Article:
What is usually said is that Goodall discovered that chimpanzees made war. What I point out is why they make war. Here is a recent (2010) study in “Current Biology”:

Chimpanzees make lethal coalitionary attacks on members of other groups [1]. This behavior generates considerable attention because it resembles lethal intergroup raiding in humans [2]. Similarities are nevertheless difficult to evaluate because the function of lethal intergroup aggression by chimpanzees remains unclear. One prominent hypothesis suggests that chimpanzees attack neighbors to expand their territories and to gain access to more food [2]. Two cases apparently support this hypothesis, but neither furnishes definitive evidence. Chimpanzees in the Kasekela community at Gombe National Park took over the territory of the neighboring Kahama community after a series of lethal attacks [3]. Understanding these events is complicated because the Kahama community had recently formed by fissioning from the Kasekela group and members of both communities had been provisioned with food. In a second example from the Mahale Mountains, the M group chimpanzees acquired part of the territory of the adjacent K group after all of the adult males in the latter disappeared [4]. Although fatal attacks were suspected from observations of intergroup aggression, they were not witnessed, and as a consequence, this case also fails to furnish conclusive evidence. Here we present data collected over 10 years from an unusually large chimpanzee community at Ngogo, Kibale National Park, Uganda. During this time, we observed the Ngogo chimpanzees kill or fatally wound 18 individuals from other groups; we inferred three additional cases of lethal intergroup aggression based on circumstantial evidence (see Supplemental Information). Most victims were caught in the same region and likely belonged to the same neighboring group. A causal link between lethal intergroup aggression and territorial expansion can be made now that the Ngogo chimpanzees use the area once occupied by some of their victims.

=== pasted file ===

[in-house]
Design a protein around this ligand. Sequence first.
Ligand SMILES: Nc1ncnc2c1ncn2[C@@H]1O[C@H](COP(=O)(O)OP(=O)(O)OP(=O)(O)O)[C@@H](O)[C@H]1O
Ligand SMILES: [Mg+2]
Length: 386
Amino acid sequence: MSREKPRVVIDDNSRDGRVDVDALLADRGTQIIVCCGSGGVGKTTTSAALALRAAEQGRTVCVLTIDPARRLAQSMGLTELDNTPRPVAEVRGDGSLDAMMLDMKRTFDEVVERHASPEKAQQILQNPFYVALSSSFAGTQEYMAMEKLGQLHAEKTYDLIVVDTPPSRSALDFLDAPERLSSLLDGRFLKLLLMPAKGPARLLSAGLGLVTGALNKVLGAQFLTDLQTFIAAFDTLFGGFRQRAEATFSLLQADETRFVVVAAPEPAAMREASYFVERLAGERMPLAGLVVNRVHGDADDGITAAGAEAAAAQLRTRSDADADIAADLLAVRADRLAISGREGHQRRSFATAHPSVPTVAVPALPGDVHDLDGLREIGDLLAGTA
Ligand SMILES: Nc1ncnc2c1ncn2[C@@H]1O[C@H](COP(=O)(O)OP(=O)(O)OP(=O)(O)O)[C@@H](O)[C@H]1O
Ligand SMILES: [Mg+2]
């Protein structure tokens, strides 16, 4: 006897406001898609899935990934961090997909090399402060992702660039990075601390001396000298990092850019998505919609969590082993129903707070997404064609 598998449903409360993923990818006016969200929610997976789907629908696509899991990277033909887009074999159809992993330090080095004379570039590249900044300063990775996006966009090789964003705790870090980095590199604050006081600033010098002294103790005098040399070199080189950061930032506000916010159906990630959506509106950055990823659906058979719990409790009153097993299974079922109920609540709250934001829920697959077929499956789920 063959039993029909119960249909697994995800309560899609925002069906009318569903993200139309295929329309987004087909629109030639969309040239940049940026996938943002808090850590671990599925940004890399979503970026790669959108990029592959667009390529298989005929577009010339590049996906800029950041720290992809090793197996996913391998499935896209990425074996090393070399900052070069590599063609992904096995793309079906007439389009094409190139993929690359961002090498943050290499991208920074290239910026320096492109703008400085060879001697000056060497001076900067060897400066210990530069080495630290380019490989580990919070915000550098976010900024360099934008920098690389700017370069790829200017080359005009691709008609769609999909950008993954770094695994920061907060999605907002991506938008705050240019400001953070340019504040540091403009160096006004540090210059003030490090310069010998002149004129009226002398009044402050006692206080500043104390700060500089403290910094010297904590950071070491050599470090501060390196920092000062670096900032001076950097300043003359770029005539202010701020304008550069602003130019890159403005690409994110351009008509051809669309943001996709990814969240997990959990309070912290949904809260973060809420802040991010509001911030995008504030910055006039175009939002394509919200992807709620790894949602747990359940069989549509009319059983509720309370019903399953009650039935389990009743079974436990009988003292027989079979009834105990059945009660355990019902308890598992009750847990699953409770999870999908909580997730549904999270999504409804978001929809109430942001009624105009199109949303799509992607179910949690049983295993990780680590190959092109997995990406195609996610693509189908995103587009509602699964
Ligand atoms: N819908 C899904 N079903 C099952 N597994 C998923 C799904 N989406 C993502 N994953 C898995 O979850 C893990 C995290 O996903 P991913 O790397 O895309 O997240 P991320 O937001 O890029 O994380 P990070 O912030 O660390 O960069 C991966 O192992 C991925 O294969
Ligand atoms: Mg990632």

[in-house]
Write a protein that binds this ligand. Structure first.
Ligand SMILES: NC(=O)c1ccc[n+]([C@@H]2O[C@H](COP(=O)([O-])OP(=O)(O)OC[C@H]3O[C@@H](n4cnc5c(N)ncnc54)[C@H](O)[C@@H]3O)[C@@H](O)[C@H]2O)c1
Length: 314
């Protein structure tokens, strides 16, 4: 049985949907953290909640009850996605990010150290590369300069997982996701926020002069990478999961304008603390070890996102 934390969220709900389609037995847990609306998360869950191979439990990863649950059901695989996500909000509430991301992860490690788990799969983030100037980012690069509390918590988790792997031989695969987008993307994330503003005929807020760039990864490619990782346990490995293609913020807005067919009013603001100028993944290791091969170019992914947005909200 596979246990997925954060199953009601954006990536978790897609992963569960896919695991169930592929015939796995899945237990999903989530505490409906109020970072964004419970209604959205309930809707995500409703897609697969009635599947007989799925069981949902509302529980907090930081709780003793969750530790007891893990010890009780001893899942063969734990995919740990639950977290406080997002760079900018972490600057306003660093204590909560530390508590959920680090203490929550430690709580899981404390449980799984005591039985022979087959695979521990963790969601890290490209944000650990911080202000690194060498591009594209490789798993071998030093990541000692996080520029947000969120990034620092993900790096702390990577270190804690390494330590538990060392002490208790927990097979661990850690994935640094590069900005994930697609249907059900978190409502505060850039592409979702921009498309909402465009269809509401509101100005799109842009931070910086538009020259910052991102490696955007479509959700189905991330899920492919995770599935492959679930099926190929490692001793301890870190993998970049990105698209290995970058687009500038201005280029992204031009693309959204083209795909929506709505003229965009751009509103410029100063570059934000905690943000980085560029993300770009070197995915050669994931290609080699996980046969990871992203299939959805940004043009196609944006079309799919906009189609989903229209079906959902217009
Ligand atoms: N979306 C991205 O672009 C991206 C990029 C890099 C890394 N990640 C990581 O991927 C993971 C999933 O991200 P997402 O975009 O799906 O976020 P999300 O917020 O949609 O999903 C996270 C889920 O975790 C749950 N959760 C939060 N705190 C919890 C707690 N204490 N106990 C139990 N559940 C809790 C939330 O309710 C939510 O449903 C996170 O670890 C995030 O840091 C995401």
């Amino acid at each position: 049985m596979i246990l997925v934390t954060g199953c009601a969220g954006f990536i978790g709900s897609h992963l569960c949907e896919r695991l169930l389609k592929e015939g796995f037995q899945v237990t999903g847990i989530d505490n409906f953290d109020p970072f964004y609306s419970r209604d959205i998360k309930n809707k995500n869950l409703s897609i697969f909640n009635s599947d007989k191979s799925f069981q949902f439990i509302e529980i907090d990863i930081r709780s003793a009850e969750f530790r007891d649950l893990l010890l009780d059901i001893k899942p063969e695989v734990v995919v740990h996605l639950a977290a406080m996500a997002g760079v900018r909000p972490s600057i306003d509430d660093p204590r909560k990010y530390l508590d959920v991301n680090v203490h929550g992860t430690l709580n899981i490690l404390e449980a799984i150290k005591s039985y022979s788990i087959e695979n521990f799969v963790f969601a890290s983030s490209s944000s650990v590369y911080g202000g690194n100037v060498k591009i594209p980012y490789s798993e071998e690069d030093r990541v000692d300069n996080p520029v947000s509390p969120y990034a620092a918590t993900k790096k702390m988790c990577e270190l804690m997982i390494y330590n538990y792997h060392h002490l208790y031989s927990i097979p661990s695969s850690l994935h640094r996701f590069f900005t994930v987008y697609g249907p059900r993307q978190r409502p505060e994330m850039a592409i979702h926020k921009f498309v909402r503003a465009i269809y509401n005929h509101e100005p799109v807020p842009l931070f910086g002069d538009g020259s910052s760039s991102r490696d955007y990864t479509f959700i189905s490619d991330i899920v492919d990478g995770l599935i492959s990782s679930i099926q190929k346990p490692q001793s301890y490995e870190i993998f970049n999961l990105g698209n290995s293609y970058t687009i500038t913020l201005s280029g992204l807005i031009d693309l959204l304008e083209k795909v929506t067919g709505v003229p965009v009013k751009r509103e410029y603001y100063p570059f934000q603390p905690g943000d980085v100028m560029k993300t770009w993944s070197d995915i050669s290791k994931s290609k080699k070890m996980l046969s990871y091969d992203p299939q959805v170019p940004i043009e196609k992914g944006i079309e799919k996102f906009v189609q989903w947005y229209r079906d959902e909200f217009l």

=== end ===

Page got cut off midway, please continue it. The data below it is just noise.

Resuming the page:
So what the authors suggest is that chimpanzees behave like little Hitlers, plotting an expansion of their “Lebensraum” (vital space).

Maybe. However, is it how chimpanzees feel it? Certainly not. Inter-chimpanzee violence is extremely brutal and cruel: parts are torn away, bitten off, until death occur from shock and blood loss. (This happens in the wild, and in captivity.)

One can describe a murderous chimpanzee rampage only as motivated by unbounded hatred. When moved by that sort of emotion, chimpanzees are not in the spirit of just making smart real estate investments.

Nietzsche tried to explain everything with the Will To Power: “Suppose, finally, we succeeded in explaining our entire instinctive life as the development and ramification of one basic form of the will–namely, of the will to power, as my proposition has it… then one would have gained the right to determine all efficient force univocally as–will to power. The world viewed from inside… it would be “will to power” and nothing else.” (From Beyond Good and Evil.)

Well, Nietzsche missed the big picture, the one that explains Auschwitz. Trying to do, finance, economics, sociology without the Will To Extermination, is to try to reason out of a reduced emotional set, missing the most important ingredient.

There too, contemplating chimpanzees’ behavior help. the art of extermination with chimpanzees consists into having the many surprise an isolated individual. So chimpanzees go on the war path. They make a single file, they become very silent, strongly bounded by… the perspective of committing murder. And they murder at a stupendous rate, much higher than that of hunter-gatherers. Thus war is a force that provides chimpanzees with the strongest meaning.

Verdict? To defeat the Will To Extermination, we need a higher form of war, just as to fight a disease, we need to understand, and use its essence against itself, as vaccines do.


Patrice Ayme